Why Terminology Matters
Sven Wunder and Maria Teresa Vargas
What is in a name? Does a rose by any other name truly smell as sweet? Aware that terms such as "markets" and "payments for ecosystem services" have encountered resistance in some parts of the world, the Ecosystem Marketplace asked two practitioners based in Latin America to explore how the concept of "markets/payments for ecosystem services" is being perceived in developing countries.
It has now been more than a decade and a half since the Berlin Wall collapsed, the Cold War ended, and capitalism arguably became the Planet's dominant ideology. Surely by now, decision makers the world over have been convinced of the superiority of market institutions in securing desirable societal outcomes? Or have they?
Though it may seem that capitalism and markets reign supreme the world over, there remains much doubt, particularly in the Southern Hemisphere, about the ultimate desirability of markets. Such market skepticism may at times be conveniently coupled with hostile attitudes towards globalization, US foreign policy, the World Bank and other Bretton Woods institutions. And, while many in the North continue to insist religiously on markets as the universal remedy, this discourse -- often led by economists -- frequently ends up fostering more resistance than persuasion in developing countries.
Payments for Environmental Services (PES) are an excellent example of the case in point. Eloquent theoretical arguments have been made (including in this publication) about the superior performance of direct payments for watershed protection, carbon sequestration, biodiversity conservation, landscape beauty, and other such services as compared to more direct command-and-control or project-based approaches aimed at achieving the same goals. There is no shortage of market enthusiasts, eagerly promoting the concept of "markets for environmental services". Beyond the concepts of "payments" and "markets" for ecosystem services, an alternative branch of the literature has opted for terms such as "compensations" and "rewards" for ecosystem services, hinting at the alleged equity and entitlement aspects of service exchanges.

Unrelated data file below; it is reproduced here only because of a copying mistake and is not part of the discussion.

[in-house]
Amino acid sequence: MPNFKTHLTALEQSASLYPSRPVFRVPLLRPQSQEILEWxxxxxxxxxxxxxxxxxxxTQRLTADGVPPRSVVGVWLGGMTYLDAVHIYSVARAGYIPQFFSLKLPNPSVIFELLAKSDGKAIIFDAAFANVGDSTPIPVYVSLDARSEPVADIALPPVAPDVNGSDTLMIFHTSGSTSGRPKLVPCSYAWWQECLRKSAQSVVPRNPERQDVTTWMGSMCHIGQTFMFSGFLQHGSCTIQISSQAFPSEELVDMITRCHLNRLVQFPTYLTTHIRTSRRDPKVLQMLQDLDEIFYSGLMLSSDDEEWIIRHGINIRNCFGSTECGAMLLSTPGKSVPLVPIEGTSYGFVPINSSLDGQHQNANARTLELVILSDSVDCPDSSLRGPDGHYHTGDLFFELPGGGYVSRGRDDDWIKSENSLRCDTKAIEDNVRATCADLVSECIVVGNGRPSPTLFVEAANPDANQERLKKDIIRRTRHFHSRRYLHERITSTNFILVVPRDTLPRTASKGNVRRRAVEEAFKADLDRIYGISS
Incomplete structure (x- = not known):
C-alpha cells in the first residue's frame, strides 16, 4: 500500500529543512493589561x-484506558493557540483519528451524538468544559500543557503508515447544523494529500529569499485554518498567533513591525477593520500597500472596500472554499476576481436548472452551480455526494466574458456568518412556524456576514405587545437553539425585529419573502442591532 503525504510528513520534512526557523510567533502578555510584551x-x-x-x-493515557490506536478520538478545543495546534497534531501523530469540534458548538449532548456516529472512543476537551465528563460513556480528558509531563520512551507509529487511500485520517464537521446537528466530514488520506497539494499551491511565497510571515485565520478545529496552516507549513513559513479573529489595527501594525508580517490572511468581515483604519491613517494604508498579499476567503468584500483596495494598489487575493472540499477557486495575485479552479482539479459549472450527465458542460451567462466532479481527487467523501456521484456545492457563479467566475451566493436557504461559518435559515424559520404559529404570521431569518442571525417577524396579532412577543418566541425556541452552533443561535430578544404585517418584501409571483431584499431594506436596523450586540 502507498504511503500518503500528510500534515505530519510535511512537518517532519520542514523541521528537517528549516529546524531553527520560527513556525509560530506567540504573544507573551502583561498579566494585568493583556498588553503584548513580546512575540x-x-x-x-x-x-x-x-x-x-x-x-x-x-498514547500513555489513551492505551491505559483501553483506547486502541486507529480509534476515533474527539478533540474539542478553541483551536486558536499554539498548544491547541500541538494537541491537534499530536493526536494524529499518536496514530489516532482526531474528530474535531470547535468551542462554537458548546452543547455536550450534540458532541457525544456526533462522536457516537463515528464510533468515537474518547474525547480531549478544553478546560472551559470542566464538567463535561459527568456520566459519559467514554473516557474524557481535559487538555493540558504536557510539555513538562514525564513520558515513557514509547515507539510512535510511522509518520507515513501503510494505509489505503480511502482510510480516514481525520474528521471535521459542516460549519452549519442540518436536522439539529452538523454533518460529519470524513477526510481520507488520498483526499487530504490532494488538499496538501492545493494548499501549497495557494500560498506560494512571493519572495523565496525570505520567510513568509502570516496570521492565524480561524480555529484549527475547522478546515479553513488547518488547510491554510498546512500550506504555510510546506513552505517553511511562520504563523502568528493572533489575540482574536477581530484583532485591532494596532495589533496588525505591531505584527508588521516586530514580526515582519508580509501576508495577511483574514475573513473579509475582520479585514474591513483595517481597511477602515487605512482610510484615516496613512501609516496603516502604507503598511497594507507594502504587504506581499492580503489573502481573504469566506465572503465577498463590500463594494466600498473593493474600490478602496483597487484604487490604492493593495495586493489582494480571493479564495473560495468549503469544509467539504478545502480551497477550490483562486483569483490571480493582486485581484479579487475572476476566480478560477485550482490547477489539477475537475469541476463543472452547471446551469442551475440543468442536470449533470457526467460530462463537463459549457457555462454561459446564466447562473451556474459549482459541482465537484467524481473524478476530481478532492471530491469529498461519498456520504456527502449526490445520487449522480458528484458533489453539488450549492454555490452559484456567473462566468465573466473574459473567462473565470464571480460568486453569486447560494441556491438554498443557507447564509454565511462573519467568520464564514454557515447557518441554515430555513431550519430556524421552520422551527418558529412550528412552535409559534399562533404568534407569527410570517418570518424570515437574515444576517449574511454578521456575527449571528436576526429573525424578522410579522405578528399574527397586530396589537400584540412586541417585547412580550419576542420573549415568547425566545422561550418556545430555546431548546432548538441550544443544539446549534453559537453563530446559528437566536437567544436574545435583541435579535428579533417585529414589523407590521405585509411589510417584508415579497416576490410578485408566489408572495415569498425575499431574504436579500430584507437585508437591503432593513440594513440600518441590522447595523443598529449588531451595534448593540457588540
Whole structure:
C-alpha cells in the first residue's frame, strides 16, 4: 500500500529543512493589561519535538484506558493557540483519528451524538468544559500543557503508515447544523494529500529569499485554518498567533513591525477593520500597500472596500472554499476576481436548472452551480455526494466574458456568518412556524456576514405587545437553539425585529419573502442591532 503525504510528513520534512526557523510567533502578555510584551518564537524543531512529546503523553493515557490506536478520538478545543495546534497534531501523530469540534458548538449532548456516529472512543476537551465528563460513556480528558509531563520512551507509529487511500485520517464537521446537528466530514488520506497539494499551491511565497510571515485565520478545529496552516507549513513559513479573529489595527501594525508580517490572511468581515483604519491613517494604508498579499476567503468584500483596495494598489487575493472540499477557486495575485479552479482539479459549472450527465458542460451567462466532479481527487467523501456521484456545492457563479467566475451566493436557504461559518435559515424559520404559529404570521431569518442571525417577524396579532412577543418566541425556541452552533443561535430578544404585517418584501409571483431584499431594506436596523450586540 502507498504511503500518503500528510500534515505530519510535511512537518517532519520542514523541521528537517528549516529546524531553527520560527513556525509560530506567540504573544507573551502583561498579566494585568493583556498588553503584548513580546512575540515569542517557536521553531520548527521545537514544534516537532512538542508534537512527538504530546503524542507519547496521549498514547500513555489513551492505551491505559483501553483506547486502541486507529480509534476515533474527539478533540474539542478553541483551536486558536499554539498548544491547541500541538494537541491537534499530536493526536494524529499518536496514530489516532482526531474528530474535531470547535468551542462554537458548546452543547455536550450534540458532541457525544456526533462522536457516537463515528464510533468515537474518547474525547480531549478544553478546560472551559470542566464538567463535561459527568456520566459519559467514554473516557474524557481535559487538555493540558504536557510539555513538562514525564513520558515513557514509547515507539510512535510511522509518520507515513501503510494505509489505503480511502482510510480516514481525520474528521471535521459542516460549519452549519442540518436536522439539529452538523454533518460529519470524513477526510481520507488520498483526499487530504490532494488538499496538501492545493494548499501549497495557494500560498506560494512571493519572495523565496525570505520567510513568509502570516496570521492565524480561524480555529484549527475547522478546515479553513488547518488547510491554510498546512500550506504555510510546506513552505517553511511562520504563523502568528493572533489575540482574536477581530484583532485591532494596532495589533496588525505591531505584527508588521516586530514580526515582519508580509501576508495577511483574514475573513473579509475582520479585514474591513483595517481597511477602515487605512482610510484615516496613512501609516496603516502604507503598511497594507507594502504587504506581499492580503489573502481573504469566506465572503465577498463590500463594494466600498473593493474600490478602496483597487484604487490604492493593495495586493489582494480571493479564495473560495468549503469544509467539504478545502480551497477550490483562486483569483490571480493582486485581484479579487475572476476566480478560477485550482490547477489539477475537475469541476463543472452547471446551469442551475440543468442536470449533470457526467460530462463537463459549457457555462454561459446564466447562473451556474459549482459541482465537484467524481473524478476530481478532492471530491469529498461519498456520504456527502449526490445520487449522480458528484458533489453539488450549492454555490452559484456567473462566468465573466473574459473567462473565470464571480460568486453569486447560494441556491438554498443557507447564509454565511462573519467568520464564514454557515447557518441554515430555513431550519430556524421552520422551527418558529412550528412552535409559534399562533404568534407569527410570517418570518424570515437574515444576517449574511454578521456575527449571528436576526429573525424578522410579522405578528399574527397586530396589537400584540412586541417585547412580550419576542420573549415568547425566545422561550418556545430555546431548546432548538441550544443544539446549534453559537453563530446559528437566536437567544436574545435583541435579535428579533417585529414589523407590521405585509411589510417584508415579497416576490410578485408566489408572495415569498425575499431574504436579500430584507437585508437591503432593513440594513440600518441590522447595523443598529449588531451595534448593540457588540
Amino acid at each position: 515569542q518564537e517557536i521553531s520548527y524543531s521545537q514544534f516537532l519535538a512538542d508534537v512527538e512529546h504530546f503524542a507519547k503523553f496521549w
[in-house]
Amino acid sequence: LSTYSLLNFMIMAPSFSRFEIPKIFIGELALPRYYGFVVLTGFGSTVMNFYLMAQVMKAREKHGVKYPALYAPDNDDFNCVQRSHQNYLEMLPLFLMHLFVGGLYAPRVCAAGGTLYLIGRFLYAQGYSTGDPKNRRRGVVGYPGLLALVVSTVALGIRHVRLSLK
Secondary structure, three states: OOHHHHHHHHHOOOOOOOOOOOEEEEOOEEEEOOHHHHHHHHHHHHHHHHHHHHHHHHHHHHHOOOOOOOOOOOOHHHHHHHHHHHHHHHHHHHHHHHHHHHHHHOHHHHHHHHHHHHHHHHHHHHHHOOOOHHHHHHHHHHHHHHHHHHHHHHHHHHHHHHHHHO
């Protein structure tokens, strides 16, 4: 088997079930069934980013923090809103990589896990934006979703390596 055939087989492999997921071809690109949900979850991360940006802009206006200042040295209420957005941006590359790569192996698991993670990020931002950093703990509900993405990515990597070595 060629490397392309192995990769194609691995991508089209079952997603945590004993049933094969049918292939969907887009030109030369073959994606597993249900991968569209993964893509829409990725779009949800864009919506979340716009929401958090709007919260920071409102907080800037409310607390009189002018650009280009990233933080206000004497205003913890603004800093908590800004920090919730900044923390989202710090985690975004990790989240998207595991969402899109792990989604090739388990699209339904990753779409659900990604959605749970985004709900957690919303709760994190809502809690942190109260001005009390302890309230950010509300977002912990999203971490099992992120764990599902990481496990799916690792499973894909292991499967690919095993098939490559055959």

Moving beyond the battlefield of discourses to the real world, how have these "payments," "compensations," "rewards," or "markets" for environmental services fared so far? If we look only at the tropics, at the developing countries of the world, the implementation of these schemes has been slower than their apparent advantages would make us expect. Some of the main obstacles identified by our research for this slow adoption rate have been the lack of trust and "social capital" that exists between providers and users of these services. Also, users often lack the willingness to pay for services that they had previously received for free. Yet, part of the problem resides in the genuine difficulty that exists in communicating a complex subject that many in the real world still consider an "economist's toy".
These problems notwithstanding, we tend to share with the market optimists the belief that the increased use of markets and economic incentives for environmental protection is both desirable and promising. Indeed, while some market skepticism is sound and necessary -- especially when it relates to the equity implications of markets -- a good share of the skepticism that exists is based on irrational fears, for example when Andean peasants believe that carbon trading means "selling the oxygen to the gringos".
Further, we believe that detaching environmental service transactions from the quid pro quo
incentive principle -- as some have suggested -- and over-burdening it with equity-driven and poverty-alleviation side objectives is likely to just reproduce the tired old project-driven approaches to conservation: old wine in new bottles. But, on the other hand, is it adequate